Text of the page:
Last week, Don Imus called the black women who play for the Rutgers women's basketball team “nappy-headed hos.” Hey, Imus, my hair is “nappy.” Does the texture of my hair make me a “ho" or a "jigaboo?"
Am I not a woman?
Sure, ad hominem attacks are part of Imus’ tired shtick but he crossed the line when he imputed racial inferiority and low morals to black women because our hair is kinky.
The National Association of Black Journalists has called for the immediate removal of Imus and his producer, Bernard McGuirk. In a statement, NABJ President Bryan Monroe said:
His so-called apology comes two days after the fact, and it is too little, too late.
Imus has had a history of racial insults on his program, having called award-winning journalist Gwen Ifill of PBS a “cleaning lady” and referring to columnist William Rhoden of the New York Times as “a quota hire.”
As journalists, we firmly believe in the First Amendment and free speech. But free speech comes with responsibility, and sometimes with consequences. His removal must be that consequence.
These were nothing but hard working student athletes — young women, just trying to do their best. After 40 years on the air, it is clear that he has lost touch with all that is decent and honorable in America. It is time for him to go.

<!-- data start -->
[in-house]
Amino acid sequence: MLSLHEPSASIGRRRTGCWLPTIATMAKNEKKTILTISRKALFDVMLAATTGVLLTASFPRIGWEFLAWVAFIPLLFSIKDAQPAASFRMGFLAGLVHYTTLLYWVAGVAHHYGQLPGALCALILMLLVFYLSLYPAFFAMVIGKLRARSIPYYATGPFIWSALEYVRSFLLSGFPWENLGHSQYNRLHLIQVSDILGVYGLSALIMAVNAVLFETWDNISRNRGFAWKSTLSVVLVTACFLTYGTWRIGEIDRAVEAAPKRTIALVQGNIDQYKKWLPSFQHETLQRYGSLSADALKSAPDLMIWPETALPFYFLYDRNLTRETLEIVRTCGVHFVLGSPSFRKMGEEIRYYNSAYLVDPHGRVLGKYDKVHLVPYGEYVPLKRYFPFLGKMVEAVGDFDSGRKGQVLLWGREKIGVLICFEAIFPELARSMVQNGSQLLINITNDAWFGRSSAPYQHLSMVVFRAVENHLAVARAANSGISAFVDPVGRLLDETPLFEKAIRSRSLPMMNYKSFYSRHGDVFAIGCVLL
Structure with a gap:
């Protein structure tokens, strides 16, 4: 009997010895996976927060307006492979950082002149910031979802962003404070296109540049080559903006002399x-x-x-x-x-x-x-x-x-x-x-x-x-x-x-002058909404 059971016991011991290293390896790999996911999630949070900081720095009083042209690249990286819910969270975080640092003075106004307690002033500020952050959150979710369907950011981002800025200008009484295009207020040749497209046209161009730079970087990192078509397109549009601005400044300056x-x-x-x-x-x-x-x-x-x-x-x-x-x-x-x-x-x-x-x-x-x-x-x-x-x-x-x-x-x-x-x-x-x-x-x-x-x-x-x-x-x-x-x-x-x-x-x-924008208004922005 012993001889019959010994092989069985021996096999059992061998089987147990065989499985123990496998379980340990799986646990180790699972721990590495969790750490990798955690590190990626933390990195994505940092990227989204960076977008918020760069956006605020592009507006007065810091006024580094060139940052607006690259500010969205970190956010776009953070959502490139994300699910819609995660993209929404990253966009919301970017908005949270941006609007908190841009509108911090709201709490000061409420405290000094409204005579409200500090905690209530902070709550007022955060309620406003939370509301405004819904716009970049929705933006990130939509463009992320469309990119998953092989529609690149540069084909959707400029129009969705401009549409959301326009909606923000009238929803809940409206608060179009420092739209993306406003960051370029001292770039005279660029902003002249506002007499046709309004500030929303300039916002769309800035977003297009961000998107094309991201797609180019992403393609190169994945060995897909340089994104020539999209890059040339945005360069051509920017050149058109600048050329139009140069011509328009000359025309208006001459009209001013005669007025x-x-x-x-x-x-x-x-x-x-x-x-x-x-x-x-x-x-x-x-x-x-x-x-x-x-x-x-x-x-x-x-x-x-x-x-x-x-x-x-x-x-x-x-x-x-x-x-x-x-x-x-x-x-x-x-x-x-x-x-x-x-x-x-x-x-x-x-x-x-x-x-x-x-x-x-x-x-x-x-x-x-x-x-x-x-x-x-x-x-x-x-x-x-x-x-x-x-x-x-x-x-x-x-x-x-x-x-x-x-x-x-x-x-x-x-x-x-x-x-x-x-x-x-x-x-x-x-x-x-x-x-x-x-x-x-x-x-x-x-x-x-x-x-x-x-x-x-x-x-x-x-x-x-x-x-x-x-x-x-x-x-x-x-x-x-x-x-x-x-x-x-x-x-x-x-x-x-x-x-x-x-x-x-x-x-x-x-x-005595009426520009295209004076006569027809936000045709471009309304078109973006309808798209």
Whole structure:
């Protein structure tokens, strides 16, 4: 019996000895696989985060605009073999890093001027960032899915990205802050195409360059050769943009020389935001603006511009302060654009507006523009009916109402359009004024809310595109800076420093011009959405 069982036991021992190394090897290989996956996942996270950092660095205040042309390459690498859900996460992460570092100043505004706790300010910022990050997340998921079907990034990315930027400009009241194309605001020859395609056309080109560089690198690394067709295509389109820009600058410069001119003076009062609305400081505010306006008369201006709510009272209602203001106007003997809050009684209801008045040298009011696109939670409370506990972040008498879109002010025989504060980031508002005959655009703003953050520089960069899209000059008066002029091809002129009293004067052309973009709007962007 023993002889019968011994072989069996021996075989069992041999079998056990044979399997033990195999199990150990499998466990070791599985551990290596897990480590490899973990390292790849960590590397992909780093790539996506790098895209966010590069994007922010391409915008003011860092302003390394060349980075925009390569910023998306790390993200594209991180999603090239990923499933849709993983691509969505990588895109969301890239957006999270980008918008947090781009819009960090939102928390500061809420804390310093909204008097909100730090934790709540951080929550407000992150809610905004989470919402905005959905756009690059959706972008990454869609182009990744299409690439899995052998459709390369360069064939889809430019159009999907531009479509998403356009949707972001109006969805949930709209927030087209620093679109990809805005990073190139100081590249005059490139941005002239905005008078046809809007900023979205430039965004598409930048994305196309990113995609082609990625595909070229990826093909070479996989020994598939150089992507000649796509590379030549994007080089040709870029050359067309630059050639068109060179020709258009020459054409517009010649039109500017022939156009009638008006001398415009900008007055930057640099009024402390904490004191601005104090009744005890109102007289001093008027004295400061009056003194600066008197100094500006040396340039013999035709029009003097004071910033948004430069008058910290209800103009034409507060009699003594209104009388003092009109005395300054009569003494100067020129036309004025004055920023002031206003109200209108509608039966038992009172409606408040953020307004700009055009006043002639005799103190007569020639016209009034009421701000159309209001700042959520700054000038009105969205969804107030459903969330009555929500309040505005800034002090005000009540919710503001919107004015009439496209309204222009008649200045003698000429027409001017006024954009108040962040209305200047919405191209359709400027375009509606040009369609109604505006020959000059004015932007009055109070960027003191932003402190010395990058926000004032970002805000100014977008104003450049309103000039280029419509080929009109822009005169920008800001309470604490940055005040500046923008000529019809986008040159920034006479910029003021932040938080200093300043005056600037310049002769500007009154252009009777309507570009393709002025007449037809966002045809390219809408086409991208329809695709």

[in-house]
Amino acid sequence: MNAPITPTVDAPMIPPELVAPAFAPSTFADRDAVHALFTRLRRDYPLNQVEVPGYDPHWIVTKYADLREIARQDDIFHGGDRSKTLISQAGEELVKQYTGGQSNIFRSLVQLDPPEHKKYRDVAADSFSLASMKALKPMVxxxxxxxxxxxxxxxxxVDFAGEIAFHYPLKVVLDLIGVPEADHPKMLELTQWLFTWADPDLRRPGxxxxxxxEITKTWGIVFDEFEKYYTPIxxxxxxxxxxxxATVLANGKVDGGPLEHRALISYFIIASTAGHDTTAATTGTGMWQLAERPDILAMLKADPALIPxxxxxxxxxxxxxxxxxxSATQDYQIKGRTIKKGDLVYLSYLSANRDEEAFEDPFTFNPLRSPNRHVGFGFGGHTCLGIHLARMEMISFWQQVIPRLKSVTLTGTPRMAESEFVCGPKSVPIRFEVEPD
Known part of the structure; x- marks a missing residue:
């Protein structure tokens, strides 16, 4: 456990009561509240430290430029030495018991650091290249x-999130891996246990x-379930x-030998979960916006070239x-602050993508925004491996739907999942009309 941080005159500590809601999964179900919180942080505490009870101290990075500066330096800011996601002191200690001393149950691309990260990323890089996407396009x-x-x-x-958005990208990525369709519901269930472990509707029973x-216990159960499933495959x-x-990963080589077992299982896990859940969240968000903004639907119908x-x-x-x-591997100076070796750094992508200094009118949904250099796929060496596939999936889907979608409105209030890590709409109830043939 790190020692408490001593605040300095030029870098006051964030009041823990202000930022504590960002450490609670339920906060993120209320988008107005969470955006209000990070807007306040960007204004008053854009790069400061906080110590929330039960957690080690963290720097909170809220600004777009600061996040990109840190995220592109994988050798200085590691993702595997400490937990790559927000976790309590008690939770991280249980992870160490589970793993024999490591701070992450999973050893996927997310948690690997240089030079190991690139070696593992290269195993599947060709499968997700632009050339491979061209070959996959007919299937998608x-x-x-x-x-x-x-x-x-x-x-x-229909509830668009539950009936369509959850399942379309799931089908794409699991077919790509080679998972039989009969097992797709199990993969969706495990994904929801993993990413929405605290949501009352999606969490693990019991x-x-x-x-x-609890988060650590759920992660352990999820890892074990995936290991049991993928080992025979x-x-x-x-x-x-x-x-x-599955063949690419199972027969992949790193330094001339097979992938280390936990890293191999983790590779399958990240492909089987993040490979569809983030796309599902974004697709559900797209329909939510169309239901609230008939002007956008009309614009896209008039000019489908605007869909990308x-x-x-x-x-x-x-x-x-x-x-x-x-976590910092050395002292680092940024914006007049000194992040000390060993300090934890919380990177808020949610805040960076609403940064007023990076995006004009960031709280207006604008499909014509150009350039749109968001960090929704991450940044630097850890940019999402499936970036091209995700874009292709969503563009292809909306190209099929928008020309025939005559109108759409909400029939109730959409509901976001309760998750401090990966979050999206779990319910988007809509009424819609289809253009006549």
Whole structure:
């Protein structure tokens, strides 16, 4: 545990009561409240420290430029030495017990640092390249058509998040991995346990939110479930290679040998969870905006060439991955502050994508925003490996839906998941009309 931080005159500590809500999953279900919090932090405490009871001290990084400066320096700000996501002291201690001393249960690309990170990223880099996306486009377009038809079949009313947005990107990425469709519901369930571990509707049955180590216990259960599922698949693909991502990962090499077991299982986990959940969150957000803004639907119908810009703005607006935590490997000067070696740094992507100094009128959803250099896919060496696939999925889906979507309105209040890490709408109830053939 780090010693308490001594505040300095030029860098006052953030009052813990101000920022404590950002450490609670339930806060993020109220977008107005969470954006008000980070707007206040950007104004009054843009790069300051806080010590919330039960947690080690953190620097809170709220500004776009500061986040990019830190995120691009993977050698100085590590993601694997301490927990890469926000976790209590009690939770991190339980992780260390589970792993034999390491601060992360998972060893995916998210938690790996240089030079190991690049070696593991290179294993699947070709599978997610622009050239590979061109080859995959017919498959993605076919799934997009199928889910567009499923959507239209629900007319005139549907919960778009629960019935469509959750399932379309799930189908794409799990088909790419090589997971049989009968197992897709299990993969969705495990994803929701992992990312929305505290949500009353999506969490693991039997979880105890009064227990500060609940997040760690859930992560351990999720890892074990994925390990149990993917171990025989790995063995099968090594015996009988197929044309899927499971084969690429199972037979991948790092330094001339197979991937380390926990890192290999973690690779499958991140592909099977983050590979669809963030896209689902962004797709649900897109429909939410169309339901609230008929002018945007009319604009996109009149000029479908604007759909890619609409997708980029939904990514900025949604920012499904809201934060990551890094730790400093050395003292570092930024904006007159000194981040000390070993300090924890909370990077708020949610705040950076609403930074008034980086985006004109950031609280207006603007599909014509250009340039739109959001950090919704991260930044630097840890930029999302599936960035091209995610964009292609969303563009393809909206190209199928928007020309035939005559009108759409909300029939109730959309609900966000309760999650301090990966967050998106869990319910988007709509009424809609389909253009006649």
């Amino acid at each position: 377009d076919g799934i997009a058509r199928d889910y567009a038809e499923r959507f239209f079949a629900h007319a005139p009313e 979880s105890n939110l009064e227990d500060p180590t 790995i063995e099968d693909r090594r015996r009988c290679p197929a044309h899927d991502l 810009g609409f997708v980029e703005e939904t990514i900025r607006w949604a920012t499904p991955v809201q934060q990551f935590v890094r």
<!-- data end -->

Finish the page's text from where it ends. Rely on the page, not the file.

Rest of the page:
Somewhere we must draw the line in what is tolerable in mainstream media. We cannot keep going through offending us and then apologizing and then acting like it never happened. Somewhere we've got to stop this.
Sharpton plans to apply some street heat. He will organize pickets outside CBS Radio, which owns WFAN, Imus' radio home, and NBC, which owns MSNBC, which simulcasts his radio show, if Imus isn’t gone by the end of the week.
To send a message to WFAN General Manager Chuck Bortnick and Karen Mateo, Communications Vice President of CBS Radio, click here.
At the same time, we must apply heat in the suites of the show’s advertisers, which include the New York Stock Exchange, the New York Times, Newsday, Random House and Simon & Schuster, and in the suites where political consultants advise their candidates whether to appear on Imus’ show.
To file a complaint with the Federal Communications Commission, click here.